Haigazn Kazarian, working within the limitations of his time and place, was one of the first writers to attempt to write the history of the Armenian Genocide using archival documents and official records, and his pioneering role deserves to be remembered. Thumbnail photo circa 1914: Haigazn Kazarian is #2 from left standing.
In this feature we highlight a group, by no means exhaustive, of memoirs by survivors of the Armenian Genocide published in Armenian and English between the years 1918 and 1955. In these memoirs we hear the voices of women and men, clergymen and political activists, natives of the eastern provinces of the Ottoman Empire and of western Asia Minor, Protestant and Apostolic, intellectuals and “average” women and men, as well as one non-Armenian, an Assyrian whose people suffered largely the same fate as the Armenians.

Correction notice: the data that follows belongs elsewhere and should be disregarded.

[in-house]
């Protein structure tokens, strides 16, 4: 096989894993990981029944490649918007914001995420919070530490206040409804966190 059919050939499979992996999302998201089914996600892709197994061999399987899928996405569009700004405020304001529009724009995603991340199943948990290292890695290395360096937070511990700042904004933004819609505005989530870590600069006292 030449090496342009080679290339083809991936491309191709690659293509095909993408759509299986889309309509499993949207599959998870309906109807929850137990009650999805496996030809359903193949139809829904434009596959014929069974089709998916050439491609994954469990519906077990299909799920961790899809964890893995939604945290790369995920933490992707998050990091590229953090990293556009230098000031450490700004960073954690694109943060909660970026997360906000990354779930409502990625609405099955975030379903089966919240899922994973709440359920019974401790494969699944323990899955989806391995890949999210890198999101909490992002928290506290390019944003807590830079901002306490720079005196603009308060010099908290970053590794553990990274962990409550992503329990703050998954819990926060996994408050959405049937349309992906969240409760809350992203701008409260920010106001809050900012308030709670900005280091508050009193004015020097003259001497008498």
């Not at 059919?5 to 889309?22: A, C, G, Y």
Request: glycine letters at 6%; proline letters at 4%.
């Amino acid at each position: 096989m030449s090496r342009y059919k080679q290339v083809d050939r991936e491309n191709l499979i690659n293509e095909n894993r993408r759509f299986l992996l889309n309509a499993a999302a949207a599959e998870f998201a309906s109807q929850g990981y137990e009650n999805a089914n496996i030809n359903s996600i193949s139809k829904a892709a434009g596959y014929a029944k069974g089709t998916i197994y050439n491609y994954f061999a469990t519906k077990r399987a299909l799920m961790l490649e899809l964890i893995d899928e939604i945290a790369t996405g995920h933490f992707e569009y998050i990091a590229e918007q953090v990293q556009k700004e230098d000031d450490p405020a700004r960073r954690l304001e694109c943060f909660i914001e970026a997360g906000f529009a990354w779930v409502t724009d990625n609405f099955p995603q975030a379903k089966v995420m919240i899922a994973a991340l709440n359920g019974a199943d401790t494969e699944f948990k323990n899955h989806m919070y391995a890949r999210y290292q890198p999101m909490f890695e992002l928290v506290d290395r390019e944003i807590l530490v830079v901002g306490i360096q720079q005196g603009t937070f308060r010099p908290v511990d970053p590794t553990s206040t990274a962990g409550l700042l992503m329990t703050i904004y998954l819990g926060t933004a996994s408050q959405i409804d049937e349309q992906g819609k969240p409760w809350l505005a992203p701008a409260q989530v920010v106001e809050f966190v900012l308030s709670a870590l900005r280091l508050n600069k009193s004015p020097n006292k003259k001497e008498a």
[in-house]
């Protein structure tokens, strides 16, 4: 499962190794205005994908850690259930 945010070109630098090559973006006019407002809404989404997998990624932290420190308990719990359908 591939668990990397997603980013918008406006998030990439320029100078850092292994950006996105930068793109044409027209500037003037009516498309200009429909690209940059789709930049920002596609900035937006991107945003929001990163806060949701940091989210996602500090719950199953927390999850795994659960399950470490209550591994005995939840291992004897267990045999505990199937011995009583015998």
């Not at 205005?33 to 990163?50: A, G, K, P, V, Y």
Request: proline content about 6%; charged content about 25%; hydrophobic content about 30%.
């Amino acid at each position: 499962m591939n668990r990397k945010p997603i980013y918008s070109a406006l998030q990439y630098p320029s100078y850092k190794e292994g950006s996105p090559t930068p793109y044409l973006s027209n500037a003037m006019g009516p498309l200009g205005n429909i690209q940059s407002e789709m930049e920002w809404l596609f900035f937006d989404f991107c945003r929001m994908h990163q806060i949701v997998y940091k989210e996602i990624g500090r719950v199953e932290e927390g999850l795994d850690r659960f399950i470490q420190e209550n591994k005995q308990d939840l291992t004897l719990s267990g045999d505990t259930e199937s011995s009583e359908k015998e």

This special installment ofTreasures of NAASR's Mardigian Libraryhighlights the work of RAA (Research on Armenian Architecture) in Armenia which provide a wealth of information about the cultural heritage of Artsakh. We owe much to Samvel Karapetian and all who at RAA who contributed to this work in many capacities.